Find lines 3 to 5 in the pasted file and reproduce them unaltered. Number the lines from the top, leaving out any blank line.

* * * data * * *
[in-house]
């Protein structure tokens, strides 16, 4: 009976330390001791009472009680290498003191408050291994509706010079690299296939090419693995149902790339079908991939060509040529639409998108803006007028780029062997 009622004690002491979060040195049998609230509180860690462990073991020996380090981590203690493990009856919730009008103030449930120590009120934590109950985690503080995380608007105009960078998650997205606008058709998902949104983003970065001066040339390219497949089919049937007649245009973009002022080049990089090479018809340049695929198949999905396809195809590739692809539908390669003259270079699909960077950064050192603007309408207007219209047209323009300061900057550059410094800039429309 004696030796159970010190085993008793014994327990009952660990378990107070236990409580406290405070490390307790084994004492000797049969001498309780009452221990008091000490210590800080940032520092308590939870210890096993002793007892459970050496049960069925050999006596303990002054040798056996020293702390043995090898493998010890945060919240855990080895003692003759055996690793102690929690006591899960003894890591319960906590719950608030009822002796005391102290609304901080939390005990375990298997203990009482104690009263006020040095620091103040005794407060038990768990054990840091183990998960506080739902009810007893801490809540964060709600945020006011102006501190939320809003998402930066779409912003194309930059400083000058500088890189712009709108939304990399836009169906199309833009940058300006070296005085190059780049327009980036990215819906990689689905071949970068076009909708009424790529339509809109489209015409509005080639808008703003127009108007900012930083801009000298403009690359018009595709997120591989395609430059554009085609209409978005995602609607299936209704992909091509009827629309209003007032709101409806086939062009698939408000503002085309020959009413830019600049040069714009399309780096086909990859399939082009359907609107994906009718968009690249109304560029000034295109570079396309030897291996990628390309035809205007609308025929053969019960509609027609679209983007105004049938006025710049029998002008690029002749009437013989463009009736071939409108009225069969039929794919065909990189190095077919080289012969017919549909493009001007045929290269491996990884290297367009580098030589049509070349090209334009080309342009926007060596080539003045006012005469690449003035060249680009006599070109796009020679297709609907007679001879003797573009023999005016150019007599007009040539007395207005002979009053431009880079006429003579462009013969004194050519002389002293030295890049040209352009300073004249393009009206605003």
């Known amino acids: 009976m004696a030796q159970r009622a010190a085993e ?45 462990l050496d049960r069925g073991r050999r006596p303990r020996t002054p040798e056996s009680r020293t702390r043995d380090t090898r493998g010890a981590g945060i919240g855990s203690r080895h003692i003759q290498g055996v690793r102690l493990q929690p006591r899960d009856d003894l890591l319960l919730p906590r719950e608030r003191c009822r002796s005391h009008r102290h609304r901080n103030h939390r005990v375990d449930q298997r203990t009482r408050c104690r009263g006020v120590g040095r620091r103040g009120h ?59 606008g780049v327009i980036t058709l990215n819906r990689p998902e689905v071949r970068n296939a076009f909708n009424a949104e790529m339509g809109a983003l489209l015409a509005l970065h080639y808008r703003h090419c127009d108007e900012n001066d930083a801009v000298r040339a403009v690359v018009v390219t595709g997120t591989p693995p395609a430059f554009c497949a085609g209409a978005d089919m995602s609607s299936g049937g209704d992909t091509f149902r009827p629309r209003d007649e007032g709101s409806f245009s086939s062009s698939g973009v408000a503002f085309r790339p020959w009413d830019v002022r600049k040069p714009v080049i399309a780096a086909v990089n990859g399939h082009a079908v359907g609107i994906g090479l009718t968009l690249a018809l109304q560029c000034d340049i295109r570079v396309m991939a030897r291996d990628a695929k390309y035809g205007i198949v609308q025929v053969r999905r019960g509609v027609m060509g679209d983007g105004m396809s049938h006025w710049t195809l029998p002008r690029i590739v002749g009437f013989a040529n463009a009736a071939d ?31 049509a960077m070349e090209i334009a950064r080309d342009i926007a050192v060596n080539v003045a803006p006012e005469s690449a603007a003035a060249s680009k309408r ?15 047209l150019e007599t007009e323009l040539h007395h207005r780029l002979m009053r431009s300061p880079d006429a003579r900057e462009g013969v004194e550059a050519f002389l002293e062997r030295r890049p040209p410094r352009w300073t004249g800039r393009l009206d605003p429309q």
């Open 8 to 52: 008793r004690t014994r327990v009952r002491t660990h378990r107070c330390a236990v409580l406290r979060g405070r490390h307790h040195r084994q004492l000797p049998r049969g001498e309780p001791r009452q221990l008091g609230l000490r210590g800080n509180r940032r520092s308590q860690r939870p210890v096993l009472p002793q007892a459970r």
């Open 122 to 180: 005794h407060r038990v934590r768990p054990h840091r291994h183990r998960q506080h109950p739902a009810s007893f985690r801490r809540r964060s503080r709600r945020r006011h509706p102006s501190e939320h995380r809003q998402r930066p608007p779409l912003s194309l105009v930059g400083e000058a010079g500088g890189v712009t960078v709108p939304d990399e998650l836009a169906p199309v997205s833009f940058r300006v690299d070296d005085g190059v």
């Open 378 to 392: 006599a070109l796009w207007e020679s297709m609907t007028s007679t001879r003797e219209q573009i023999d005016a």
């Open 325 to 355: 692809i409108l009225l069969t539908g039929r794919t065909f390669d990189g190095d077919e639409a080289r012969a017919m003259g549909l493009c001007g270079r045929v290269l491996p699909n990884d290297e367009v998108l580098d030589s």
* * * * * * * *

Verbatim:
């Known amino acids: 009976m004696a030796q159970r009622a010190a085993e ?45 462990l050496d049960r069925g073991r050999r006596p303990r020996t002054p040798e056996s009680r020293t702390r043995d380090t090898r493998g010890a981590g945060i919240g855990s203690r080895h003692i003759q290498g055996v690793r102690l493990q929690p006591r899960d009856d003894l890591l319960l919730p906590r719950e608030r003191c009822r002796s005391h009008r102290h609304r901080n103030h939390r005990v375990d449930q298997r203990t009482r408050c104690r009263g006020v120590g040095r620091r103040g009120h ?59 606008g780049v327009i980036t058709l990215n819906r990689p998902e689905v071949r970068n296939a076009f909708n009424a949104e790529m339509g809109a983003l489209l015409a509005l970065h080639y808008r703003h090419c127009d108007e900012n001066d930083a801009v000298r040339a403009v690359v018009v390219t595709g997120t591989p693995p395609a430059f554009c497949a085609g209409a978005d089919m995602s609607s299936g049937g209704d992909t091509f149902r009827p629309r209003d007649e007032g709101s409806f245009s086939s062009s698939g973009v408000a503002f085309r790339p020959w009413d830019v002022r600049k040069p714009v080049i399309a780096a086909v990089n990859g399939h082009a079908v359907g609107i994906g090479l009718t968009l690249a018809l109304q560029c000034d340049i295109r570079v396309m991939a030897r291996d990628a695929k390309y035809g205007i198949v609308q025929v053969r999905r019960g509609v027609m060509g679209d983007g105004m396809s049938h006025w710049t195809l029998p002008r690029i590739v002749g009437f013989a040529n463009a009736a071939d ?31 049509a960077m070349e090209i334009a950064r080309d342009i926007a050192v060596n080539v003045a803006p006012e005469s690449a603007a003035a060249s680009k309408r ?15 047209l150019e007599t007009e323009l040539h007395h207005r780029l002979m009053r431009s300061p880079d006429a003579r900057e462009g013969v004194e550059a050519f002389l002293e062997r030295r890049p040209p410094r352009w300073t004249g800039r393009l009206d605003p429309q």
């Open 8 to 52: 008793r004690t014994r327990v009952r002491t660990h378990r107070c330390a236990v409580l406290r979060g405070r490390h307790h040195r084994q004492l000797p049998r049969g001498e309780p001791r009452q221990l008091g609230l000490r210590g800080n509180r940032r520092s308590q860690r939870p210890v096993l009472p002793q007892a459970r």
């Open 122 to 180: 005794h407060r038990v934590r768990p054990h840091r291994h183990r998960q506080h109950p739902a009810s007893f985690r801490r809540r964060s503080r709600r945020r006011h509706p102006s501190e939320h995380r809003q998402r930066p608007p779409l912003s194309l105009v930059g400083e000058a010079g500088g890189v712009t960078v709108p939304d990399e998650l836009a169906p199309v997205s833009f940058r300006v690299d070296d005085g190059v």